TKP put forward evidence from recent planning applications on the number of recent permissions for any care developments in the District. Evidence provided by the Council on delivery of specialist accommodation units equated to around 15 per cent of the overall SHMA requirement for specialist housing to 2033. With the addition of a further 100 units (arising from this proposal), this would bring the figure to around 23 per cent at around halfway into the SHMA period. The Inspector noted the benefit of the addition of the proposed 100 units and the shortfall in the number of developments currently coming forward within the District to meet the need. Furthermore, the Inspector accepted the evidence from TKP that there is no current extra care provision within Edenbridge. In addition, reference was made to another TKP Appeal decision where the Inspector considered a site in West Malling (Ref 3202040) where development sites are heavily constrained by Green Belt designations, thereby limiting opportunities for larger developments of this nature.

Paragraphs 28 through to 63 on the housing needs of older people in the Inspector’s decision are important reading for those interested in such need with implications for other areas.

Instead of the more standard figure of 4.5% of over 75s potentially requiring this type of accommodation TKP argued that this figure should be adjusted to 8 per cent, thereby considering those aged between 65 and 74 years as well as aspirations and social policy. There was a degree of acceptance by the Inspector of this approach.

On this matter overall the Inspector concluded that:

“the proposed development would make a significant contribution to meeting the overall need for specialist housing within the District for which the current development plan does not make adequate provision for and for which the emerging local plan, whilst supportive, would be unlikely to deliver for some time yet.”

Impact on local healthcare

With the Department of Health and Social Care’s recent White Paper recognising the importance of good quality housing with care for older people on the local health and care economy, it is also useful to note the Inspector’s approach to the Council’s assertion that such a new development would increase pressure on local infrastructure such as healthcare resources.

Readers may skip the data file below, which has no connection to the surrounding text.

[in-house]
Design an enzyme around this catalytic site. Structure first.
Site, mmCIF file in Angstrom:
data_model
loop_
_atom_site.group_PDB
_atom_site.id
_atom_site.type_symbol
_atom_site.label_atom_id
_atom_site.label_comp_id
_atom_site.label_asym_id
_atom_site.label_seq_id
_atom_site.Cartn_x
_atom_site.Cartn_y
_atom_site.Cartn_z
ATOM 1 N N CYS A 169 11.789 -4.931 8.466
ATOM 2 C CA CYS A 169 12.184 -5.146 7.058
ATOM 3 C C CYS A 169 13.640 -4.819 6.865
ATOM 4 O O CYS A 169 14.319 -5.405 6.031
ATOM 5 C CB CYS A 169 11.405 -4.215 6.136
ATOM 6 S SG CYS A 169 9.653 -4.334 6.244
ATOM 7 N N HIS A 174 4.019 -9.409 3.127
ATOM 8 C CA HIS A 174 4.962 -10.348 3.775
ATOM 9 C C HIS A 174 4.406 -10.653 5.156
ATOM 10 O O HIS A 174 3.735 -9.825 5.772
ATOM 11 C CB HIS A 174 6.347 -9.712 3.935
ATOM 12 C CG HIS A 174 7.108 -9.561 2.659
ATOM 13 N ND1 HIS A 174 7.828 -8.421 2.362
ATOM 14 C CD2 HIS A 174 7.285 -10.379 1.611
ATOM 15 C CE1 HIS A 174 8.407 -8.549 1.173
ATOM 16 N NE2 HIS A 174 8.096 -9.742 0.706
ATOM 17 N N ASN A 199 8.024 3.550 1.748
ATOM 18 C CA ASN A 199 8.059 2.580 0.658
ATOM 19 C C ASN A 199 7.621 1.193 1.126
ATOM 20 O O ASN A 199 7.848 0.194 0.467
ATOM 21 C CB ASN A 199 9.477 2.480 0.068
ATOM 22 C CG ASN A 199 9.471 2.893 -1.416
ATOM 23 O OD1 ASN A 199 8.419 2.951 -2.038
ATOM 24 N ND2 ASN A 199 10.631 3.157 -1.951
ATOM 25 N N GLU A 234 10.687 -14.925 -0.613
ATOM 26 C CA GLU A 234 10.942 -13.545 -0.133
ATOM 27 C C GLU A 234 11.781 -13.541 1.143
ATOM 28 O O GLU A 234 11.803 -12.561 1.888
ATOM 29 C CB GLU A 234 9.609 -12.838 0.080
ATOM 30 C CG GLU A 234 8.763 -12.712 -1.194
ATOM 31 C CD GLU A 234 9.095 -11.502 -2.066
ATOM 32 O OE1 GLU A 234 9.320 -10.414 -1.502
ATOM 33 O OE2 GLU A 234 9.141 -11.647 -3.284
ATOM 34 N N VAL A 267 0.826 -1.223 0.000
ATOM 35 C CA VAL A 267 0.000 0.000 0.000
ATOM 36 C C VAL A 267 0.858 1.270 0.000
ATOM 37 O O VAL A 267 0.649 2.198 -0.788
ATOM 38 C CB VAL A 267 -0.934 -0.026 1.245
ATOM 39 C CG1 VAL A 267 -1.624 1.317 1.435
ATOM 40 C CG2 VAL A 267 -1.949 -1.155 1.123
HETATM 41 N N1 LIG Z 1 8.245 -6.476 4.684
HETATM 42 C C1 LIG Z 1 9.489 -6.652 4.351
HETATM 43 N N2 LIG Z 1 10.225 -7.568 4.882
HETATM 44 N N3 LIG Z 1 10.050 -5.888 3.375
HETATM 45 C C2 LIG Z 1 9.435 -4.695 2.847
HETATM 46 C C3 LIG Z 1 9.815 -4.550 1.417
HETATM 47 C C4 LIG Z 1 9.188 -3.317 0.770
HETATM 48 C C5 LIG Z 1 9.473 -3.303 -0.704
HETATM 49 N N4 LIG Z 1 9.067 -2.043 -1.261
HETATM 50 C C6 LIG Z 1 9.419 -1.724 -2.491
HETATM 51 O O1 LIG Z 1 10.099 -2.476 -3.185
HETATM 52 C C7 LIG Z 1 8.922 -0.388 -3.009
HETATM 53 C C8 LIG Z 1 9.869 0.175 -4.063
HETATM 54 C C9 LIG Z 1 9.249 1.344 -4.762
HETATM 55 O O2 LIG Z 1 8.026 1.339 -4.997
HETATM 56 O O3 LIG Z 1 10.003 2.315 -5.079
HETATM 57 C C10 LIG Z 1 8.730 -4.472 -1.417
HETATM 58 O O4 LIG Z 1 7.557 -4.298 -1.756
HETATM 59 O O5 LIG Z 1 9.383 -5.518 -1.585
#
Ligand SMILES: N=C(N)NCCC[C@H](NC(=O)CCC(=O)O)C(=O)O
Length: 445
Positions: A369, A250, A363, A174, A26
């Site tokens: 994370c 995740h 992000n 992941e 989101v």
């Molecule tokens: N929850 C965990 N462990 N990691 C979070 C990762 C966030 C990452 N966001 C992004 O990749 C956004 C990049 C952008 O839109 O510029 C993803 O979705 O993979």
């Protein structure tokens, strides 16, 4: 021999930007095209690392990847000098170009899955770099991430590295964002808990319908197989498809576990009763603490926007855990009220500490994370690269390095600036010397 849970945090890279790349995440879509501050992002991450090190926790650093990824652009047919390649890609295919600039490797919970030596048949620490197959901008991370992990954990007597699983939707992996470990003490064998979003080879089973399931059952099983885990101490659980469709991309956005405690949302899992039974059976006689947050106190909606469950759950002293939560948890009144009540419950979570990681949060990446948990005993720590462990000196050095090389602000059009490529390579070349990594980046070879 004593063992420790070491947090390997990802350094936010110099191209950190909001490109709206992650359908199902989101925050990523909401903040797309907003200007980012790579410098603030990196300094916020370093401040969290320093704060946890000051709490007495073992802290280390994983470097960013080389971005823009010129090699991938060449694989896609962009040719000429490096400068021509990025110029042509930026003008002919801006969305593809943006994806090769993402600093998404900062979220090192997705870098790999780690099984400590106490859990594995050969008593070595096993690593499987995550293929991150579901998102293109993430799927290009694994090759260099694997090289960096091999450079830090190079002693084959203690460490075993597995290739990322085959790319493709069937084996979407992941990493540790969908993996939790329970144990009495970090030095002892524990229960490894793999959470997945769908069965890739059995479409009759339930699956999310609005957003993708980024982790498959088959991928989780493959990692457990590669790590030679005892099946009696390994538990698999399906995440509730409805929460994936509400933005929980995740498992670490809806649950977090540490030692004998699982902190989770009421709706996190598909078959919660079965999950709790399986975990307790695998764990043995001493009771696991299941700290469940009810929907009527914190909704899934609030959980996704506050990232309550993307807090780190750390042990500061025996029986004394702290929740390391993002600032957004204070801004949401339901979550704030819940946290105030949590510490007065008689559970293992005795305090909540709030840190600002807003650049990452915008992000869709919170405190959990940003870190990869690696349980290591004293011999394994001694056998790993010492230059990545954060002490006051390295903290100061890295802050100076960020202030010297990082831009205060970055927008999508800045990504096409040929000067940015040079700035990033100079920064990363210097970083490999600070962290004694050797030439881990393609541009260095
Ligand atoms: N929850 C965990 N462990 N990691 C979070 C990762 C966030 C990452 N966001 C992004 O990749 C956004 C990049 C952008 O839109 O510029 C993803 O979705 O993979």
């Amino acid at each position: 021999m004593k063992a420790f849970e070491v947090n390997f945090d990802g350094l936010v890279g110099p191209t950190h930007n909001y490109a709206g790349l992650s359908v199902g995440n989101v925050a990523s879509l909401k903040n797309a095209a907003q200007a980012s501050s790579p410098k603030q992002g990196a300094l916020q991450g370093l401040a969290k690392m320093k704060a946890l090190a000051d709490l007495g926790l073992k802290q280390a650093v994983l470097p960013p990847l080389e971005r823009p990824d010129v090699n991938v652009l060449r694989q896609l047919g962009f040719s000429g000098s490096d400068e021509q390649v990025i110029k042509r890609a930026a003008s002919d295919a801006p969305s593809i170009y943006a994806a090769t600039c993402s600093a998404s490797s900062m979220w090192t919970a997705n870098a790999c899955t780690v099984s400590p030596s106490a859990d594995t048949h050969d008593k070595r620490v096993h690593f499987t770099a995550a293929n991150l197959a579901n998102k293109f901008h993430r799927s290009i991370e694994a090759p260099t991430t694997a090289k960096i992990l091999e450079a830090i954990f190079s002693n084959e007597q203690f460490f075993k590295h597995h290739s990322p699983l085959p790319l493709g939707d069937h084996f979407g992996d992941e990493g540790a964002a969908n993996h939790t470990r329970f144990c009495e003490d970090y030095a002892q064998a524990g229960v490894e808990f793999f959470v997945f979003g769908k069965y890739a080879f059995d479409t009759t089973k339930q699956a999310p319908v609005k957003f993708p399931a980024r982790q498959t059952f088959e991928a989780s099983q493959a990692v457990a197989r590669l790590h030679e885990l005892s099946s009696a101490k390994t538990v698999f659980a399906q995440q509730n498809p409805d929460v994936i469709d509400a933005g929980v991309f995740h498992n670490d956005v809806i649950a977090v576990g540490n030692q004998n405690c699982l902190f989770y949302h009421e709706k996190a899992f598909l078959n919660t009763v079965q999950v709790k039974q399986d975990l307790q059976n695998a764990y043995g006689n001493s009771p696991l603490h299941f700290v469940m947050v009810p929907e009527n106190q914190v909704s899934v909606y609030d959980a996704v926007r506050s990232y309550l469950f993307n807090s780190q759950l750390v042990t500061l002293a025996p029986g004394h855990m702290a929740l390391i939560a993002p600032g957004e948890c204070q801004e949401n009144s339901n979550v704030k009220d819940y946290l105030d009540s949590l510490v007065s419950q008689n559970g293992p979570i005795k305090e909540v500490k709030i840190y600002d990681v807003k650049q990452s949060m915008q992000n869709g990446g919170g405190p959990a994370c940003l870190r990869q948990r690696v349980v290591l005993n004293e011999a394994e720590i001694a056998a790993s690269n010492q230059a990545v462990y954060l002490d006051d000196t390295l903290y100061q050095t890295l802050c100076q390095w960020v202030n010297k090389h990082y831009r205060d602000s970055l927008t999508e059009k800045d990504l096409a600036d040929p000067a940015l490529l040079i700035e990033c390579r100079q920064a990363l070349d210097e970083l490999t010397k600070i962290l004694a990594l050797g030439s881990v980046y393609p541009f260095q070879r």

“Whilst this is noted, the intention is to draw people mainly from the local area who would already be registered for such services. Furthermore, with improved wellbeing and the provision of on-site consulting rooms for visiting health care practitioners to administer treatments, it is not expected to give rise to significant additional pressure on existing services.”

The Inspector concluded, after considering all TKP’s evidence put forward on housing and care provision in the District that:

“I find that, on balance, based on existing supply including that in the pipeline, the population and its projected increase within older year groups, there is currently an existing and significant shortfall and a growing need for this type of housing. The proposed development would make a significant contribution towards meeting this requirement.”

The full Planning Inspectorate decision, dated 2 November 2021, can found here (opens new window).

Tetlow King Planning are proud to sponsor the Housing LIN’s planning portal. Here you can access a range of free tools and resources on Planning Homes and Communities for Older People.

Should you have any planning related questions regarding a site you would like to promote or develop which has come / may come across similar challenges, please do not hesitate to contact John Sneddon for an informal discussion on how TKP could assist you in navigating the planning process.